[SeaBIOS] [Qemu-devel] [PATCH RFC 00/13] qemu: generate acpi tables for the guest
anthony at codemonkey.ws
Tue May 14 16:40:37 CEST 2013
Gerd Hoffmann <kraxel at redhat.com> writes:
>>>> and is also a good
>>>> reason why exposing this information via a common interface (fw_cfg)
>>>> would be a good idea.
>>> Huh? As far I know we generate device trees in qemu instead of
>>> expecting pseries firmware compile them from fw_cfg information.
>> It depends on what firmware you are using.
> Of course. On archs which don't use device trees in the first place it
> doesn't make sense.
>> We don't really generate device trees in general in QEMU.
> pseries does (thats why the hard libfdt dependency if you want pseries
> support). arm wants move into that direction too.
pseries is a bad example because it's not a real hardware platform.
It's emulating what PowerVM does. It's more akin to the xenpv machine
than a real piece of hardware.
>> As Peter mentioned, in an ideal world we'd generate them from the QOM
>> That should happen in the firmware and it could be enabled by
>> adding just a couple fw_cfg commands to navigate the QOM graph (analogs
>> to qom-list and qom-get in QMP).
> I don't think Peter intended to imply *that* ...
Yes, this has been discussed dozens of times in the past. And as I've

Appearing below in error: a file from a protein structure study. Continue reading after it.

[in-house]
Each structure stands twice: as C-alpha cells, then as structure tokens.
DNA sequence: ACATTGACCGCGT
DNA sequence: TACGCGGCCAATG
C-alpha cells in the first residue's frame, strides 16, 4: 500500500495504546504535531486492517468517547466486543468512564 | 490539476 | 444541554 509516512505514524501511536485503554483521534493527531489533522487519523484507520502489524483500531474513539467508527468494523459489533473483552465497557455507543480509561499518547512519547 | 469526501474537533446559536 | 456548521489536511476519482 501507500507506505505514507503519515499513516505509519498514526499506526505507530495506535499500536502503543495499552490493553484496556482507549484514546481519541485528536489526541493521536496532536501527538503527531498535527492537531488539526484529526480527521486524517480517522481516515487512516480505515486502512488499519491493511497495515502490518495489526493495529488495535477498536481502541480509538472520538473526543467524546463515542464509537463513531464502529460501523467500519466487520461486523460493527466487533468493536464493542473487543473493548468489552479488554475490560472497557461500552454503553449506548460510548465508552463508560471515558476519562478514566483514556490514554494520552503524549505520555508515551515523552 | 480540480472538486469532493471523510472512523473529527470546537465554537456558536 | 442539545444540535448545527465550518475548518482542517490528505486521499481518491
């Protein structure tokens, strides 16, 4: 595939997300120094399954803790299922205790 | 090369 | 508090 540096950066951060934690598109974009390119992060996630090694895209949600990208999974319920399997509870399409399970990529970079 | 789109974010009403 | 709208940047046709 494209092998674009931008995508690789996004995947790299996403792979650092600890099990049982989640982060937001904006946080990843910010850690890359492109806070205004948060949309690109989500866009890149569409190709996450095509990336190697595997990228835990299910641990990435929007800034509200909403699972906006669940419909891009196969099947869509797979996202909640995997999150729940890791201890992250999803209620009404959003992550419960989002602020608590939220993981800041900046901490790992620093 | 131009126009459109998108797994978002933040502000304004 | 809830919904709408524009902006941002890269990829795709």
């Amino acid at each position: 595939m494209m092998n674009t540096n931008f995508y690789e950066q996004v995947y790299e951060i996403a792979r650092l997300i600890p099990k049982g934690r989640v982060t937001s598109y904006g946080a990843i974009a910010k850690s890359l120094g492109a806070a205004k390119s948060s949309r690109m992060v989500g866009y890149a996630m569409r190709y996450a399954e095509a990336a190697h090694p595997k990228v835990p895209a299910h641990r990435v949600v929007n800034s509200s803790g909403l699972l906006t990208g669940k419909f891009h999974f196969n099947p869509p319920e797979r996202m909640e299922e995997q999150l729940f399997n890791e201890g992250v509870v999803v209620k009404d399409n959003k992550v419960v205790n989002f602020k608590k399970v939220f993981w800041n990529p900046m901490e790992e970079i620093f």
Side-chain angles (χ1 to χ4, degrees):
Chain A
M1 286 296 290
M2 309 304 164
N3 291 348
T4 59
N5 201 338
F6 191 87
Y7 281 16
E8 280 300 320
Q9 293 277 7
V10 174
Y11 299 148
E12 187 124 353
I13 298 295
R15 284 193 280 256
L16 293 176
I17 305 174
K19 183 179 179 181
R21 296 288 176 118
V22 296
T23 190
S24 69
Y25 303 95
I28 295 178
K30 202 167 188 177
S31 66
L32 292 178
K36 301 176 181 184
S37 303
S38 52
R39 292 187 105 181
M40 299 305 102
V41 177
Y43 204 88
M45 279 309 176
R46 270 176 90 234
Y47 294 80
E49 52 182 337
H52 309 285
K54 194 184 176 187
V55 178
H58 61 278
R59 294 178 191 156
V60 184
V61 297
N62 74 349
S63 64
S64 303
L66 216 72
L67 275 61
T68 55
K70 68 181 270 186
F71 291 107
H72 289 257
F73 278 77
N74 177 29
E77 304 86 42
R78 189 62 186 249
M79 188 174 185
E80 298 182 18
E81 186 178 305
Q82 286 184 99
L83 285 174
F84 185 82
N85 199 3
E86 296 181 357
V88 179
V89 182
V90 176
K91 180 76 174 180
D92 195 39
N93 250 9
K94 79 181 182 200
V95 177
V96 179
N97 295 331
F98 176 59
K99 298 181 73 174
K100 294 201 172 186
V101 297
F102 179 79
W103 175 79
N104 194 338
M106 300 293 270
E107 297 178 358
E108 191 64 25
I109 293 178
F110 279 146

said in the past, generating device trees belongs in the firmware. It's
a firmware/OS interface.
It's not just an academic argument though. We want to expose hardware
interfaces that are rich enough for firmware to do whatever it needs to
do to initialize the system. There are a lot of things that are
normally only visible to firmware that we don't emulate today.
In exposing this information, we ought to attempt to do so in an
architectural neutral way.
ACPI is not architectural neutral. You could argue that that's okay
because we only need to support two things: ACPI and device trees. But
that's not quite right.
Device trees very often have platform specific quirks so a generated
device tree in common code is not going to have the right set of quirks
for any given system.
Having a good interface for firmware to generate ACPI tables and device
trees solves this problem in a much nicer way. It enables firmware to
display whatever type of tree it wants (ACPI or device tree) and also
provides the flexibility to implement the necessary quirks for that
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